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Mushrooms on a log, (Donna)

Orange mushroom cluster 120914 griggs south cp1

Another group, (Donna)

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Contrasting colors, (Donna)

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Finally, yesterday, after several rainy cloudy days, sunshine meant a hike at Battelle Darby Metro Park in the hopes of observing some bird activity. Perhaps we would even see a Northern Harrier.  While no harriers presented themselves, we did see a Kestrel, and a Bald Eagle both of which eluded the cameras lens. However, a juvenile Red-tailed Hawk did pose for us.

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Juvenile Red-tailed Hawk, study 1, Battelle Darby Creek Metro Park

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study 2

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study 3

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study 4

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study 5

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A Coopers Hawk wasen’t quite as cooperative.

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Coopers Hawk, Battelle Darby Creek Metro Park

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.    .    .    and no trip into the central Ohio woods this time of the year is complete unless we see our friends the Golden Crowned Kinglets who often when seen are in the company of Chickadees, Titmouse and Nuthatches.

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Golden-crowned Kinglet, Battelle Darby Creek Metro Park, (Donna)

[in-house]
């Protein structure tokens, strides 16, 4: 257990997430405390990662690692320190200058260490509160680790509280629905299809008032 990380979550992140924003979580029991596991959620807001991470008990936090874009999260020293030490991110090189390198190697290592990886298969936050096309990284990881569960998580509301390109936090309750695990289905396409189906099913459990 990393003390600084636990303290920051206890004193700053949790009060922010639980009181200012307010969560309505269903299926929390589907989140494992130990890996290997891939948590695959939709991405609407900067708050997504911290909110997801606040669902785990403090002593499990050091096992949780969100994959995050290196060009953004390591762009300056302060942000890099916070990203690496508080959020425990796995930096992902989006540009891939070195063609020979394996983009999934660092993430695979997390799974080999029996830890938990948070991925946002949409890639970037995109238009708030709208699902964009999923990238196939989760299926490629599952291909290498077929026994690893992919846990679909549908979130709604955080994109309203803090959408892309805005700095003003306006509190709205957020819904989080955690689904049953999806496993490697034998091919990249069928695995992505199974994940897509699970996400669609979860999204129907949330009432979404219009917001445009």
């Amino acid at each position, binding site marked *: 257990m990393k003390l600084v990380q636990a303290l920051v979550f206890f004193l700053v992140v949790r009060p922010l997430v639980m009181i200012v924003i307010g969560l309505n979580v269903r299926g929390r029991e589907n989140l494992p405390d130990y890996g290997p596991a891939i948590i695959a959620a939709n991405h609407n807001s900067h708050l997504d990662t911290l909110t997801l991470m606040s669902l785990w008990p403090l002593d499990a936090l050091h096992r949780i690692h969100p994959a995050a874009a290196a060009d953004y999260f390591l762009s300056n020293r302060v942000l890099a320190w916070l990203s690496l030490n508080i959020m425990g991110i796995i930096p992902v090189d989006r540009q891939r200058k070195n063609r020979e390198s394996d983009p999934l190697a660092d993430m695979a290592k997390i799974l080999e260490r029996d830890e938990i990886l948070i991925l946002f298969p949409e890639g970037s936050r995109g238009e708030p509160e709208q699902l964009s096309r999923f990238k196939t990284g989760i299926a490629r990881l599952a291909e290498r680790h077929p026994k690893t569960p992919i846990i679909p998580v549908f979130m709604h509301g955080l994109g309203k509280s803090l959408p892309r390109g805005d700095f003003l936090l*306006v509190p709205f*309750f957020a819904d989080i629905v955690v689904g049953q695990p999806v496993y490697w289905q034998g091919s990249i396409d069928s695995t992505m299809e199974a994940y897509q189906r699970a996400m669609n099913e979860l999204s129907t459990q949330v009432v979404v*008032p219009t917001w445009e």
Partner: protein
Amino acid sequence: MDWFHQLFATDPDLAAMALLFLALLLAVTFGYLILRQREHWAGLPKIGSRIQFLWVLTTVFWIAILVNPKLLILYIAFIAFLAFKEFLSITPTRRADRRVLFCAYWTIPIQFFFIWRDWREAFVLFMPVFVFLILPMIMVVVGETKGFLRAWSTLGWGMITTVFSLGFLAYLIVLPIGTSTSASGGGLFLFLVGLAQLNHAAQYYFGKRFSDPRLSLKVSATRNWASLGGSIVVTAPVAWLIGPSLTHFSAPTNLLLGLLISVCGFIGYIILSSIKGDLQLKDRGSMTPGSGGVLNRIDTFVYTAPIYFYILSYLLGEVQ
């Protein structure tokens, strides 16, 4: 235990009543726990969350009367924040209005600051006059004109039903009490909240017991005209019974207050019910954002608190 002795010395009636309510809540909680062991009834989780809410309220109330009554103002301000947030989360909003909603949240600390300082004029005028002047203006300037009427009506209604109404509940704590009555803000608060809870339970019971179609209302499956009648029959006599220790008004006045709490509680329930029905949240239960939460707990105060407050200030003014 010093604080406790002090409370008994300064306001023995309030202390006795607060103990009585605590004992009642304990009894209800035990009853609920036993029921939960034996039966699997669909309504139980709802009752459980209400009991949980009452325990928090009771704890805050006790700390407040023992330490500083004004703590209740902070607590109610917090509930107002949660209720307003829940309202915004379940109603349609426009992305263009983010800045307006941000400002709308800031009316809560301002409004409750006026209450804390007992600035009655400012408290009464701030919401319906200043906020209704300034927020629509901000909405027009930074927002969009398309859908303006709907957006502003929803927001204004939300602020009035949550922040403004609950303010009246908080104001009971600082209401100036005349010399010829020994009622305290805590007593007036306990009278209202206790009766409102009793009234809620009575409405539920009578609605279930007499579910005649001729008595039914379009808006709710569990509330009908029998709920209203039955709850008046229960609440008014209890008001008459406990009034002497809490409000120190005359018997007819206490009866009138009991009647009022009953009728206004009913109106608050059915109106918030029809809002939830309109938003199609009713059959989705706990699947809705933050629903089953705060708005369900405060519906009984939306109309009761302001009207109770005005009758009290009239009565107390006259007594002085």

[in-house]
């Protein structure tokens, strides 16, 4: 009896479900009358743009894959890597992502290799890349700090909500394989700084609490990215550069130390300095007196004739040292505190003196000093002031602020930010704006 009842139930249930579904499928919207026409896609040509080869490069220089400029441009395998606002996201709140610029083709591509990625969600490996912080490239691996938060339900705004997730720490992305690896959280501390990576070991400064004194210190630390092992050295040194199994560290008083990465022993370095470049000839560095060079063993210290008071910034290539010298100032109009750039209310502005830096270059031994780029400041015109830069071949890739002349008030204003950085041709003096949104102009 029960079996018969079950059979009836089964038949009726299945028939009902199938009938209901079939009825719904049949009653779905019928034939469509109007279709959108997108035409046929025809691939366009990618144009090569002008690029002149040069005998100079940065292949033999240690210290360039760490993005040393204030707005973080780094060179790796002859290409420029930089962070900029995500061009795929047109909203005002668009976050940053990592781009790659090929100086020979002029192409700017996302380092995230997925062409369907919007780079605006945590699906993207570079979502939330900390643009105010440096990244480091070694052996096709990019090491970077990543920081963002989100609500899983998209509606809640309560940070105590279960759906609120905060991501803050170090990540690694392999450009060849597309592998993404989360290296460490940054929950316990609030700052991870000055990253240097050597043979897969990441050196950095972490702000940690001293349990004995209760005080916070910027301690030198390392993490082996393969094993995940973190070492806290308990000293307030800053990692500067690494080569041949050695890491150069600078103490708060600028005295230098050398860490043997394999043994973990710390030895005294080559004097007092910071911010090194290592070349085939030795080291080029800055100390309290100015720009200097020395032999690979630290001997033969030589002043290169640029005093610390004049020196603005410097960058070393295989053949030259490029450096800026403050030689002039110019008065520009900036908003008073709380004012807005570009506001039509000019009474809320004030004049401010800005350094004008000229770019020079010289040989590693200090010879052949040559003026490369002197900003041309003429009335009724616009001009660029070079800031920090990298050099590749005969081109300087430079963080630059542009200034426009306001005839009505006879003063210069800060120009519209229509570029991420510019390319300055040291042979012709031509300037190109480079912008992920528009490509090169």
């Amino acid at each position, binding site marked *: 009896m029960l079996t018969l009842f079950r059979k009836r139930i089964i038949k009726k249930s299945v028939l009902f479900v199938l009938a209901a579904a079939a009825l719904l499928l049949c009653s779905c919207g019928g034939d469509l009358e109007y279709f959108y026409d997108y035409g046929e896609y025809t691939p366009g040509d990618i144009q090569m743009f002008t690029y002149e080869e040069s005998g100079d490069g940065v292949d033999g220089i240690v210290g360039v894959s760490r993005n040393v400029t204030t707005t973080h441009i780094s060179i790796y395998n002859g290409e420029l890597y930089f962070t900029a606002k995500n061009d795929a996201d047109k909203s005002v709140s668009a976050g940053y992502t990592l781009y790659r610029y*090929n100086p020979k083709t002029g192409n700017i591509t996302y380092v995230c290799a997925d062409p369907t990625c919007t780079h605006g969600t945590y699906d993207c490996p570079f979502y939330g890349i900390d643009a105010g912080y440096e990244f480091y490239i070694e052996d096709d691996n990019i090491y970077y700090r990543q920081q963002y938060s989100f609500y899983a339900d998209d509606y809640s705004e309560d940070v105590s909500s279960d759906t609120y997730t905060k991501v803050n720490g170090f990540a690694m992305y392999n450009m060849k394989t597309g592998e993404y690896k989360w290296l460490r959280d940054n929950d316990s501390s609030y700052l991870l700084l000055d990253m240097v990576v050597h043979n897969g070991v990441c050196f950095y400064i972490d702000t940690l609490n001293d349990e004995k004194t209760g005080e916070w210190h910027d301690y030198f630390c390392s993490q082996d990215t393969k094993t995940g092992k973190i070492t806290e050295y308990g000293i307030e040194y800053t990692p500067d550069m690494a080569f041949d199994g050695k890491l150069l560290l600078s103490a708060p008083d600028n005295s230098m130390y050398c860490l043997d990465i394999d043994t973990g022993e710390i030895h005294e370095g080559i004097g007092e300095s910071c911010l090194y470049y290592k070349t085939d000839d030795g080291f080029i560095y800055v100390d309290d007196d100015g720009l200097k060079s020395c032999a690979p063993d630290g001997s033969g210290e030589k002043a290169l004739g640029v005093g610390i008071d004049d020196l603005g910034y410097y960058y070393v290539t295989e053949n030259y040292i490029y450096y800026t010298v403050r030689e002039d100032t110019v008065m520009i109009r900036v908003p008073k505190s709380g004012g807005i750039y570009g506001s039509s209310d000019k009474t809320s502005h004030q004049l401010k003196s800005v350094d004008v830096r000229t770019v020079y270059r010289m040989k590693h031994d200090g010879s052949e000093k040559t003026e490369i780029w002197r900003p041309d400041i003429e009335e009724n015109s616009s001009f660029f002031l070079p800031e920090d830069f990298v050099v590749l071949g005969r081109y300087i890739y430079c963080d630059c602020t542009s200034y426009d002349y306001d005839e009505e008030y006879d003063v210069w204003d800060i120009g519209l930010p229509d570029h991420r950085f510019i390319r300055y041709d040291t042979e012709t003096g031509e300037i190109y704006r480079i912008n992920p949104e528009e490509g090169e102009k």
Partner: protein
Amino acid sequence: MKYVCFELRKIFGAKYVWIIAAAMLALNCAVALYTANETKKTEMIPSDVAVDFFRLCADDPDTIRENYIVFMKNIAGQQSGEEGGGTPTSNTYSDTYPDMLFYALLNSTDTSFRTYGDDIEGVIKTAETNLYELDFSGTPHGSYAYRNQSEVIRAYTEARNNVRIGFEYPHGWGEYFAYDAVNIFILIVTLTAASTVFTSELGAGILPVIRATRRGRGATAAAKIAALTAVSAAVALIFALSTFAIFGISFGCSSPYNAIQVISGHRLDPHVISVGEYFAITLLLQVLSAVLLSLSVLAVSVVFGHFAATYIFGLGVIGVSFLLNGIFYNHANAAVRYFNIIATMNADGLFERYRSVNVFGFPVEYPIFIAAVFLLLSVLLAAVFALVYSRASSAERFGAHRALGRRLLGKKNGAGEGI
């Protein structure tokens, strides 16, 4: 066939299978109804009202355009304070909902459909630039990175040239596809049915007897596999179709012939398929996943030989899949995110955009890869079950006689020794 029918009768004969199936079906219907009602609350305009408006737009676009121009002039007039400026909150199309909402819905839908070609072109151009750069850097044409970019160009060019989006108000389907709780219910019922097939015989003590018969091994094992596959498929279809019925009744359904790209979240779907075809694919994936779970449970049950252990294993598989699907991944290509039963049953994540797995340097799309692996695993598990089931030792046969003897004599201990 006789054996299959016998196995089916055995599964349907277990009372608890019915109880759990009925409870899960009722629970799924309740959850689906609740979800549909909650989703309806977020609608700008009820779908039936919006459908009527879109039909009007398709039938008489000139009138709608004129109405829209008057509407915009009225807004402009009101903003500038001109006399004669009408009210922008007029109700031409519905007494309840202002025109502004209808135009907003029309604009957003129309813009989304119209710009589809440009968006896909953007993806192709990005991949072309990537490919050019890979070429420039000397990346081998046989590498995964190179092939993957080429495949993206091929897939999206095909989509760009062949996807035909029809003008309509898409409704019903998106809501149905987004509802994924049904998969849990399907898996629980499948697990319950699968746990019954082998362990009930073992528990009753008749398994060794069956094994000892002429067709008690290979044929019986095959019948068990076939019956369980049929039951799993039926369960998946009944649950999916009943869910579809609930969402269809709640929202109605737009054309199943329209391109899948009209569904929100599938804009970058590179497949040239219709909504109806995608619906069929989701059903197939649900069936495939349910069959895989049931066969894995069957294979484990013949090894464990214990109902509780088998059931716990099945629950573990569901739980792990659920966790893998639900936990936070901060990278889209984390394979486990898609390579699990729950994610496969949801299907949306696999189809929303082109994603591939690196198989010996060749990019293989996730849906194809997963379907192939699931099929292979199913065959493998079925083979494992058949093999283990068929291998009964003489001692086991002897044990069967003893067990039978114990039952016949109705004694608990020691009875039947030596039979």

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Golden-crowned Kinglet, (Donna)

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Golden-crowned Kinglet

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That’s about it for this post. Hope you all have a chance to get out and enjoy nature in the coming days. Thanks for looking in.

Bald Eagles and a Kinglet Celebration

During the last few days while travelling the highways and byways of central Ohio we managed to see three mature Bald Eagles in flight. Perhaps I’m easily amused but, given a childhood growing up in Michigan where I never once saw a Bald Eagle, and the fact that Ohio isn’t usually considered a hotbed for eagle activity, I found this pretty exciting.  Since this was holiday related travel we didn’t have suitable photographic equipment with us. But even if we had, it all happened very quickly so I doubt we would have gotten much of a photograph. One sighting was near Dayton and the other two were just southwest of Wooster.  In neither case were there sizable bodies of water nearby so it’s not clear what the birds were doing.

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Recently while hiking along the Scioto just below Griggs Dam we were greeted by Golden Crowned Kinglets (a winter visitor from points north). The two or three that we saw came very close and seemed oblivious to us as they went about their business. We were enchanted. Due to the rapidity and total unpredictability of their movement, I opted to just enjoy the view. However, my wife, always up for a challenge, decided to try and get a few shots with her Panasonic FZ150 on burst mode. Below are the results.

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Golden-crowned Kinglet, study 1, (Donna)

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Golden-crowned Kinglet, study 2, (Donna)

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Golden-crowned Kinglet, study 3, (Donna)

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During the excitement a Great Blue Heron was watching from a safe distance along the river’s edge.

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Great Blue Heron, Scioto River